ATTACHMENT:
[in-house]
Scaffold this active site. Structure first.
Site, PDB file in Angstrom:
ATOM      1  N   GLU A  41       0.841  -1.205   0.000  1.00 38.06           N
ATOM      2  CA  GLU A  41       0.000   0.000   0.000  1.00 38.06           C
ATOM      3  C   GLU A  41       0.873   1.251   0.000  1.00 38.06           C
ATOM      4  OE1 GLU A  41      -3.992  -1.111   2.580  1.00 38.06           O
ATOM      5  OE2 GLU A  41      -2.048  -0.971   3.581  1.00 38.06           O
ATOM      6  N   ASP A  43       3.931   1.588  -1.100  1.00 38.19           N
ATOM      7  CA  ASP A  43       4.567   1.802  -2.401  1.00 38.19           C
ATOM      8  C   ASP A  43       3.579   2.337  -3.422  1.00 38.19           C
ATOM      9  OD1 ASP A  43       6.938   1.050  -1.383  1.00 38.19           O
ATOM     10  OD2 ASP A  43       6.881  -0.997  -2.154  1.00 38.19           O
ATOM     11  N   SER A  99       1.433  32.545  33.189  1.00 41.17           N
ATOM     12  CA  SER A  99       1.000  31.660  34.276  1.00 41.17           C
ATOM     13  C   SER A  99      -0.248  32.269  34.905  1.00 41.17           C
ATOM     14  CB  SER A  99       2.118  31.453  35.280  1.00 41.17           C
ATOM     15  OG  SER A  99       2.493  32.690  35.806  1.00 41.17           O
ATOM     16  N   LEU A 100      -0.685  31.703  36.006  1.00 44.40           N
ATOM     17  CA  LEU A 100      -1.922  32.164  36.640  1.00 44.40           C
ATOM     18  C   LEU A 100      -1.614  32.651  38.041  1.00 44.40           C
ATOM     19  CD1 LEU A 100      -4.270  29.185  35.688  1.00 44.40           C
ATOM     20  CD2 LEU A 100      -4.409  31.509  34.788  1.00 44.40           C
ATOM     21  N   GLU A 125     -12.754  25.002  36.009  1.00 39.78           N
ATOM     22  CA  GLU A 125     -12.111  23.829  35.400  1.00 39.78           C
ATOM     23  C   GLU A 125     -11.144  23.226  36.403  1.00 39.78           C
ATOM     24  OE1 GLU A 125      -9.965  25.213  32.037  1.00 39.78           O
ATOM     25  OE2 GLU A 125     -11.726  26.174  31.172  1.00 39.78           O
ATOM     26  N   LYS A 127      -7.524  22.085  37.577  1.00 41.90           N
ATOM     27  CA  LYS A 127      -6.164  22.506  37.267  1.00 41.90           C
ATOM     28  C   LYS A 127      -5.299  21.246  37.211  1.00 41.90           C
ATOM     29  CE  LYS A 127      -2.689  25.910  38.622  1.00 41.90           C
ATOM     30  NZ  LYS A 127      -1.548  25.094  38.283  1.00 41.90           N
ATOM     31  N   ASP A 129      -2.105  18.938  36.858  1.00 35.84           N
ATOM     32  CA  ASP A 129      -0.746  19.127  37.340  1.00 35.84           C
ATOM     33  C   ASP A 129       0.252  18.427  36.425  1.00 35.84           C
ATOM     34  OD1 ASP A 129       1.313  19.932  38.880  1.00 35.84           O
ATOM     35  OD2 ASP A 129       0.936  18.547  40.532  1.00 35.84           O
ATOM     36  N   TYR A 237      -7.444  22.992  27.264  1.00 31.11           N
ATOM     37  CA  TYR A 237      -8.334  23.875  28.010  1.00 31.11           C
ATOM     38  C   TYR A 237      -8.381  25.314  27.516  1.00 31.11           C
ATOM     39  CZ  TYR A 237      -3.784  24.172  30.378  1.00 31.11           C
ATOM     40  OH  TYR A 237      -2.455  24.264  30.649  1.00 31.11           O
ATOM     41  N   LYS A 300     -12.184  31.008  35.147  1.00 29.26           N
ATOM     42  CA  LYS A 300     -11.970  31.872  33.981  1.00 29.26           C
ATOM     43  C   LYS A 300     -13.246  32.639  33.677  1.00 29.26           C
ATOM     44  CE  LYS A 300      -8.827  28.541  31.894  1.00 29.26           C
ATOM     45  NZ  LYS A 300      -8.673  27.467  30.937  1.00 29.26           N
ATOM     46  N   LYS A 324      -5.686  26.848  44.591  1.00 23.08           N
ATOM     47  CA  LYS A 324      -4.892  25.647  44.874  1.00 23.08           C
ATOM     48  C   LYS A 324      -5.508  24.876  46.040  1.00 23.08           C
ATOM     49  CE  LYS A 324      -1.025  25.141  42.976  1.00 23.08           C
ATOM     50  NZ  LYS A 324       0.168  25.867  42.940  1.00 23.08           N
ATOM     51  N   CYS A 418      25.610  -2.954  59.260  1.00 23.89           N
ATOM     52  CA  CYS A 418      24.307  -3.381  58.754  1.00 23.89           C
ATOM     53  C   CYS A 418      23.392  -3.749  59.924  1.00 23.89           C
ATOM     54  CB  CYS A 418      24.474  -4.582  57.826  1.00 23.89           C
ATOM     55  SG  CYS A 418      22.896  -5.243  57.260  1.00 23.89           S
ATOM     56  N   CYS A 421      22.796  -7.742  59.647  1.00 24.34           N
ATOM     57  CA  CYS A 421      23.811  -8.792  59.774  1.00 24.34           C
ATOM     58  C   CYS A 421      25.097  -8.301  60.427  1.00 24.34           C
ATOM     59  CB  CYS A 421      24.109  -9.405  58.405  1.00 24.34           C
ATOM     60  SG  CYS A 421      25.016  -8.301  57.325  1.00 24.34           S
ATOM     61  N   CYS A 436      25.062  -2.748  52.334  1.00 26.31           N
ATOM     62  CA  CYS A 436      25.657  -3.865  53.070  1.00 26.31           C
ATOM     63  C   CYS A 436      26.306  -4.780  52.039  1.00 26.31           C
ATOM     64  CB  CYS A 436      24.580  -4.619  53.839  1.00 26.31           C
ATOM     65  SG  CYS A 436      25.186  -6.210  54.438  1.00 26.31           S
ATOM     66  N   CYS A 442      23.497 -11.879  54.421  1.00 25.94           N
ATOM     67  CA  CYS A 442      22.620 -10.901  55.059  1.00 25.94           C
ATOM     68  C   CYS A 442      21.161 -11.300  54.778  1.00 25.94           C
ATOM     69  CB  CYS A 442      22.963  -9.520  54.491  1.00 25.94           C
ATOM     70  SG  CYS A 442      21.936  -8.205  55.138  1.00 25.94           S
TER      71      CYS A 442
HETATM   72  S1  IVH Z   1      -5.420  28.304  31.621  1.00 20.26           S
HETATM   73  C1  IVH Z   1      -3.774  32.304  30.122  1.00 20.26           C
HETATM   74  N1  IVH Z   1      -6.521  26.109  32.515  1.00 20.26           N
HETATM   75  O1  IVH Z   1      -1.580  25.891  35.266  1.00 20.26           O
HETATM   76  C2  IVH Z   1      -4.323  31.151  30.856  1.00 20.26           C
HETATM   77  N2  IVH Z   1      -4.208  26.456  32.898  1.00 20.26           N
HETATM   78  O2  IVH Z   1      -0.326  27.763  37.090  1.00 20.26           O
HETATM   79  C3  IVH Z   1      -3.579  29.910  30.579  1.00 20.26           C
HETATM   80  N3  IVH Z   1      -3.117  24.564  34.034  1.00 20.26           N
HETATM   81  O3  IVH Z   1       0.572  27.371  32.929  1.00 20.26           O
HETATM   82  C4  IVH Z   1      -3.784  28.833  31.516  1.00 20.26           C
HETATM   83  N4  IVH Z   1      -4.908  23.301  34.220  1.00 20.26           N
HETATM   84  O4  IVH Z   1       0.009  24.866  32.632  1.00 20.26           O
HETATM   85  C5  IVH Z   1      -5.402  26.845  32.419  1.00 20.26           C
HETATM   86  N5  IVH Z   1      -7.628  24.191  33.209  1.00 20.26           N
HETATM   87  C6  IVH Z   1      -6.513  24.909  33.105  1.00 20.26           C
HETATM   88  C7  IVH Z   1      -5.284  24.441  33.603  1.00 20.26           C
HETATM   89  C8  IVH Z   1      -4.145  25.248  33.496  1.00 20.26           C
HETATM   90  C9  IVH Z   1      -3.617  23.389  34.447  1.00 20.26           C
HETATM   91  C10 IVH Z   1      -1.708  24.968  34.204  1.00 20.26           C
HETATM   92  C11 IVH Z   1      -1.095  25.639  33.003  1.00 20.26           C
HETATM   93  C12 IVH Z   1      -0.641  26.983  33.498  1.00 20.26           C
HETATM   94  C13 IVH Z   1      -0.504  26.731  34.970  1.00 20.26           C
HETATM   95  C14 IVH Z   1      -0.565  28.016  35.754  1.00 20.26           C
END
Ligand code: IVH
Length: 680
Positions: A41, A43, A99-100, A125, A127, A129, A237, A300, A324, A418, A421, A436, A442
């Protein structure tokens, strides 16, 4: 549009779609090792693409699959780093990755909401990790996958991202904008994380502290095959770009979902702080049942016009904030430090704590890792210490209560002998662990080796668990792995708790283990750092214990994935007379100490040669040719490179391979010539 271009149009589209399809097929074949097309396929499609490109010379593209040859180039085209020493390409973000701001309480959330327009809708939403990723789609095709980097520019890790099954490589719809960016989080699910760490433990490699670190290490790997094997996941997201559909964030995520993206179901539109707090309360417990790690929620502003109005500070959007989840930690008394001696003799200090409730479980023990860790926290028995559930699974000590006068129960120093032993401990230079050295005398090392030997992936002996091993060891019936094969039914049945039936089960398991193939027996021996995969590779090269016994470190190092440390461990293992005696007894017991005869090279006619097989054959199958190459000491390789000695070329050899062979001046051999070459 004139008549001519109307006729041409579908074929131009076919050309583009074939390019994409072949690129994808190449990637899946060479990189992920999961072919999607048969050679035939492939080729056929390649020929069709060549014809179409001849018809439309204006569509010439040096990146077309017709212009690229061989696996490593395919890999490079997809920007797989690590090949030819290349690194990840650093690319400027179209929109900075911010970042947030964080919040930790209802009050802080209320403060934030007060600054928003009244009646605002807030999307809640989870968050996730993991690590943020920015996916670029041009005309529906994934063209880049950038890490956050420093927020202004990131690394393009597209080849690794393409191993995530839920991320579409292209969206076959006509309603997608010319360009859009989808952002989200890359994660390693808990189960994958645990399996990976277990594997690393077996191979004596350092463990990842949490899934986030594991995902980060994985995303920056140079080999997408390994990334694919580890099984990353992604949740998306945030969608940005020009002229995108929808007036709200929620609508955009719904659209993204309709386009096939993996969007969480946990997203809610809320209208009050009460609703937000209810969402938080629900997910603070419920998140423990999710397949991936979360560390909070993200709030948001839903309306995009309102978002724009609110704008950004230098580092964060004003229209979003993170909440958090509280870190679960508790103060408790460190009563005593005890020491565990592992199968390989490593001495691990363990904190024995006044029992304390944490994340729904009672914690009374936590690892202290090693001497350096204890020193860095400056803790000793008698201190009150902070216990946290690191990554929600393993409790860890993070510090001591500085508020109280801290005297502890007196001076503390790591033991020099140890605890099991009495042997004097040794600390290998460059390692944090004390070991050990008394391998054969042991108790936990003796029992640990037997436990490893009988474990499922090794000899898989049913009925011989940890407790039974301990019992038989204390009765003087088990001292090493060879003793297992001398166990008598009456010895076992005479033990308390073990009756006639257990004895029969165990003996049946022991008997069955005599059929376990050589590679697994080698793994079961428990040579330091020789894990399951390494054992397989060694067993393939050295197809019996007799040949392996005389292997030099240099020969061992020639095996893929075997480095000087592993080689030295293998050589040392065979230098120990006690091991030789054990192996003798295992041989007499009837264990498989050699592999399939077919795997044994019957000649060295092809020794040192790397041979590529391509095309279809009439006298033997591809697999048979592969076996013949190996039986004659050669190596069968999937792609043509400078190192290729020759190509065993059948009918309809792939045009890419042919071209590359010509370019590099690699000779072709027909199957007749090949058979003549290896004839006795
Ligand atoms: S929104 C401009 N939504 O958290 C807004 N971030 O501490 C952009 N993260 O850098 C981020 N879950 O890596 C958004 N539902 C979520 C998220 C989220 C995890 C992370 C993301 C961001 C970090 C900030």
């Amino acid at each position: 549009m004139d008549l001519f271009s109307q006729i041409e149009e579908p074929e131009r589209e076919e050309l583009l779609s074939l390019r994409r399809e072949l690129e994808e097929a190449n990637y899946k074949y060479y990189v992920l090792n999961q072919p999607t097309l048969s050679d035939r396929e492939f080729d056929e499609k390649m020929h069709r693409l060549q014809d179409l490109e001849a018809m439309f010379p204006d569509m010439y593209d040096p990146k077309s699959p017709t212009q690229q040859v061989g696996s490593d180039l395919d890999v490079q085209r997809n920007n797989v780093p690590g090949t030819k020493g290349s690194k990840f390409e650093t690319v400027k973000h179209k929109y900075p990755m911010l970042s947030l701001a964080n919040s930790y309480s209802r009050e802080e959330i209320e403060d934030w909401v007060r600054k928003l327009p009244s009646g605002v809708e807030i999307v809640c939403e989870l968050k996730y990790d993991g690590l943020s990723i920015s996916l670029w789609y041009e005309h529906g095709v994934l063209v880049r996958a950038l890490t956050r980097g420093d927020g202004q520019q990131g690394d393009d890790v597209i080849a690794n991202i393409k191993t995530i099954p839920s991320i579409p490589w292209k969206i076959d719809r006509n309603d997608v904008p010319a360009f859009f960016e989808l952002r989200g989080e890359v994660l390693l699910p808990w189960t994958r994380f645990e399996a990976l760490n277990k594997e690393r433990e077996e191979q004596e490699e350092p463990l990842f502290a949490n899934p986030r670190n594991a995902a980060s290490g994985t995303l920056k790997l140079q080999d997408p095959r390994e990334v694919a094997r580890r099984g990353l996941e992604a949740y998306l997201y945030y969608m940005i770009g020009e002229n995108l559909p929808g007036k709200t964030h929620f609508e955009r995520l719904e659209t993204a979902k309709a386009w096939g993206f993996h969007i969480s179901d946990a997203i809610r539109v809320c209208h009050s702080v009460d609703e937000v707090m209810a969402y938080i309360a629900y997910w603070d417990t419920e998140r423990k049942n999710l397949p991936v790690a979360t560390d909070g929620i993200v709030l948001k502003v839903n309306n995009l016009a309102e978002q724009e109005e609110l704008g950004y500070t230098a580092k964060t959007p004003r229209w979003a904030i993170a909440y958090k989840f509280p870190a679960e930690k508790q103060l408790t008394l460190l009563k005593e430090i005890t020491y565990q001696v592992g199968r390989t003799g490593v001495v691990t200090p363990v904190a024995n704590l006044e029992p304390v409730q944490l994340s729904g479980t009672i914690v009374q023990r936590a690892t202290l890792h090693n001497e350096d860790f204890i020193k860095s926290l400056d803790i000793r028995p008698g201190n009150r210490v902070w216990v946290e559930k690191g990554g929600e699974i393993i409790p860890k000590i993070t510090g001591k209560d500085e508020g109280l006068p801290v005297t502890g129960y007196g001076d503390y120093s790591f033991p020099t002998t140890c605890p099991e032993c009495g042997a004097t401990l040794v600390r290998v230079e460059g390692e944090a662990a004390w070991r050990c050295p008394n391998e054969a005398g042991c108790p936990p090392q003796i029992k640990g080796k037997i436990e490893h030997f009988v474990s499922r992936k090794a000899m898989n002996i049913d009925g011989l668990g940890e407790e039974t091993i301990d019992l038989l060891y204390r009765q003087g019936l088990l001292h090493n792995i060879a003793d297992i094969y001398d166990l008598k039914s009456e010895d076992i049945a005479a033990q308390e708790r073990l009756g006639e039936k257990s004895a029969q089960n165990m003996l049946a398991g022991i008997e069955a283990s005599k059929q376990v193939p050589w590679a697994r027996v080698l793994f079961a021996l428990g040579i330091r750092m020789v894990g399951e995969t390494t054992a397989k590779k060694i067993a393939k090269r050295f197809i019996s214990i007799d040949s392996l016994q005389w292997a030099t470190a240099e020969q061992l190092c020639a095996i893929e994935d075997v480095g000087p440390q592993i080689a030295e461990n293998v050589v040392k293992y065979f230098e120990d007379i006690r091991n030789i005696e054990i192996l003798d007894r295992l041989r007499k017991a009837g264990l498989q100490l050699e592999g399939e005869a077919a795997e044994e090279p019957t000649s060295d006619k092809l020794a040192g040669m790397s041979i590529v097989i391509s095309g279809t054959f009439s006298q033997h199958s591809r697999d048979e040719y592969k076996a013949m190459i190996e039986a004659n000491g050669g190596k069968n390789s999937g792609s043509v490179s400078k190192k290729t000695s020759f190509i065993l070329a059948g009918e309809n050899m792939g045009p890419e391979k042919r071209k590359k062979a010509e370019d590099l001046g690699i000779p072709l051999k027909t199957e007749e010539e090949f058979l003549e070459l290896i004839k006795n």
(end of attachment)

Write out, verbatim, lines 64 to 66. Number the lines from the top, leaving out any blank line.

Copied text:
ATOM     61  N   CYS A 436      25.062  -2.748  52.334  1.00 26.31           N
ATOM     62  CA  CYS A 436      25.657  -3.865  53.070  1.00 26.31           C
ATOM     63  C   CYS A 436      26.306  -4.780  52.039  1.00 26.31           C